Tennessee Nurse Overrides Medication System and Leaves Patient with Deadly Paralysis

Sharee B.

A Tennessee-based nurse, RaDonda Vaught, was caring for a patient one day when the time came to administer medication in preparation for an MRI procedure.

However, when it came time to administer the patient's medication, for the purposes of making her more comfortable throughout the procedure, she ultimately made a decision that would permanently change the course of her patients' life.

Vaught, who was utilizing an electronic medication dispenser system, in which she was looking for a calming agent called Versed. Of her own accord, she mistakenly selected a paralyzing medication, generically known as Vercuronium, with the brand name of Norcuron.

According to reports, the electronic system required several emergency warnings due to the severity of the medication being taken out, which the nurse bypassed as well as the warning directly on the label, which instructed the powder to be mixed for the correct concentration.

Unfortunately, her patient, a 75-year-old elderly woman, was considered brain dead within minutes of the medication being given, and the mistake caused the elderly patient her life.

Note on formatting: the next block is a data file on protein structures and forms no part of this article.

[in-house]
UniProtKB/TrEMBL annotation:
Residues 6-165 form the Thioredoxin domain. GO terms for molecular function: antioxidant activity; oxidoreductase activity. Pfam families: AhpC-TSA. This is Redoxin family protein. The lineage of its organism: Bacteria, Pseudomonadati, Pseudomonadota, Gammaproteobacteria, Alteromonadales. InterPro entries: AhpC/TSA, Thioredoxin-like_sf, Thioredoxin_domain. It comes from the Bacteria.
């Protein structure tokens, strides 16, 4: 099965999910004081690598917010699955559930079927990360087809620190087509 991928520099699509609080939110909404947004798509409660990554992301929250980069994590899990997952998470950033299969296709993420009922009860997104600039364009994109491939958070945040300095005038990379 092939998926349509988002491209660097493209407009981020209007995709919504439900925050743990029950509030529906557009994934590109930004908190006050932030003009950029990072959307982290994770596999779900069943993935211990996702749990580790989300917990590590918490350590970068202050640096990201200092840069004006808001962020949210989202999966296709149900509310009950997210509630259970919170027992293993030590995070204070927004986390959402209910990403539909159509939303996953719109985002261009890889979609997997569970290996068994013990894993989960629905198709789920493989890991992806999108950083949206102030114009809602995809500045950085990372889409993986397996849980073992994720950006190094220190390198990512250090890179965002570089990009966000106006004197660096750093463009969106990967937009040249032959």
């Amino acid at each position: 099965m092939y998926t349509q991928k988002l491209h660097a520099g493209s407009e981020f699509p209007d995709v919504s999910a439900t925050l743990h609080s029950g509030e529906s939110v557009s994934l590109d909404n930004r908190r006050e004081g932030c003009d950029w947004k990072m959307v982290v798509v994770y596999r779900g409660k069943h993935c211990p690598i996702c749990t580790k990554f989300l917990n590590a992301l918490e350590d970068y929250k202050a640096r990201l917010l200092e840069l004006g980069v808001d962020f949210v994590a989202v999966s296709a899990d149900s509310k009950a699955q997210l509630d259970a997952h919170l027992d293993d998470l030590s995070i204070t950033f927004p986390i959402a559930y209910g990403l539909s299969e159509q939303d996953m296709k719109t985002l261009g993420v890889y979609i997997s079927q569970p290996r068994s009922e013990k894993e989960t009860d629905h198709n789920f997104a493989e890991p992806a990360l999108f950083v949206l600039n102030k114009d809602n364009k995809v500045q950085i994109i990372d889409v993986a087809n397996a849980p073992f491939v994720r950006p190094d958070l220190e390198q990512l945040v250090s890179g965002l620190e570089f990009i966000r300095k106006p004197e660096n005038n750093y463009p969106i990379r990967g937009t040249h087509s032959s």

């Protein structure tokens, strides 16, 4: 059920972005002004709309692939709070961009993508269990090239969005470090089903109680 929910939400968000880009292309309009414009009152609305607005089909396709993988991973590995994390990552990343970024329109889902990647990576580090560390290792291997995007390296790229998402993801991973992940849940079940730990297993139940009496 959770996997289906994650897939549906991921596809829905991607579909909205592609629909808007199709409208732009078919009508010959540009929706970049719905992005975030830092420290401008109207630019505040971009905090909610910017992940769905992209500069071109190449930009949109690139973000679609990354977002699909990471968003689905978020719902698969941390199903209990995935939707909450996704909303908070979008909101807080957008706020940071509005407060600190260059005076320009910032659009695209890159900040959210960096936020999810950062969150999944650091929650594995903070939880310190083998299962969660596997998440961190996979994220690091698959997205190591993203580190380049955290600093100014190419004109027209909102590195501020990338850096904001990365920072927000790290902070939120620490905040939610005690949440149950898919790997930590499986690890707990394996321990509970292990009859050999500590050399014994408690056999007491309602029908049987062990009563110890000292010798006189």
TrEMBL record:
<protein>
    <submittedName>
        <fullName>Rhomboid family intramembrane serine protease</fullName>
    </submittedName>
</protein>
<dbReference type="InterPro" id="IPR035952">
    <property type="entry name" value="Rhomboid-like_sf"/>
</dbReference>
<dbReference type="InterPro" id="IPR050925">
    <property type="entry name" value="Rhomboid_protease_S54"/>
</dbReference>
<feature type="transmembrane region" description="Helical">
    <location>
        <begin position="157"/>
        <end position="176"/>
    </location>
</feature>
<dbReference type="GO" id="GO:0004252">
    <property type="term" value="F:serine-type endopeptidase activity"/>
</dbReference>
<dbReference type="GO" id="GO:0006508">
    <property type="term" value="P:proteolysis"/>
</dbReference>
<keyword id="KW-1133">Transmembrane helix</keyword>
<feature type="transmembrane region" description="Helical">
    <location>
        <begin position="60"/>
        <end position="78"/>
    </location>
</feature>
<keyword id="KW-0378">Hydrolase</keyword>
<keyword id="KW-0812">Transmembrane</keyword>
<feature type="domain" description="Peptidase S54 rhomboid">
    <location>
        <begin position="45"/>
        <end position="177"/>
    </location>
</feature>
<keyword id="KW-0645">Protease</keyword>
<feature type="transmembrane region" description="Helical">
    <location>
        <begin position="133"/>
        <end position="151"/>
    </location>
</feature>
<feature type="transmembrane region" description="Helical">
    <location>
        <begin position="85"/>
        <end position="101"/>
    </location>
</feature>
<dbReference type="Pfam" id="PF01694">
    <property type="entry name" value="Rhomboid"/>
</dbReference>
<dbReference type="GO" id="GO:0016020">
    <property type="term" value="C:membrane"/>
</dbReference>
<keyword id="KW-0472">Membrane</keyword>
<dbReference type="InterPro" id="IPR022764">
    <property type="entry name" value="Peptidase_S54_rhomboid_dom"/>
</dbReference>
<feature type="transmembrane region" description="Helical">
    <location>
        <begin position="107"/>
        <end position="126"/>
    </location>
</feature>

Vaught, who was originally arrested in 2019, admitted at her hearing with the nursing board, that she had overlooked the warnings as she had become complacent with the day-to-day actions of her job and failed to take the necessary precautions.

"I know the reason this patient is no longer here is because of me. "There won't ever be a day that goes by that I don't think about what I did." - RaDonda Vaught

In the end, she was convicted of criminally negligent homicide in a Tennessee courtroom, which sets a precedent in the medical field, where professionals are understaffed, overworked and thousands of mistakes each year go unreported.

In light of the conviction, nurses around the country have shown their support for Vaught, including a group called "Show me Your Stethoscope", comprised of more than 600,000 nurses, doctors, and other medical professionals. In addition, the American Nursing Association has also stated its concerns with nurses self criminalizing for reporting mistakes.

For the patients family, they lost a loved one too soon for a fatal medical error that didn't have to happen.

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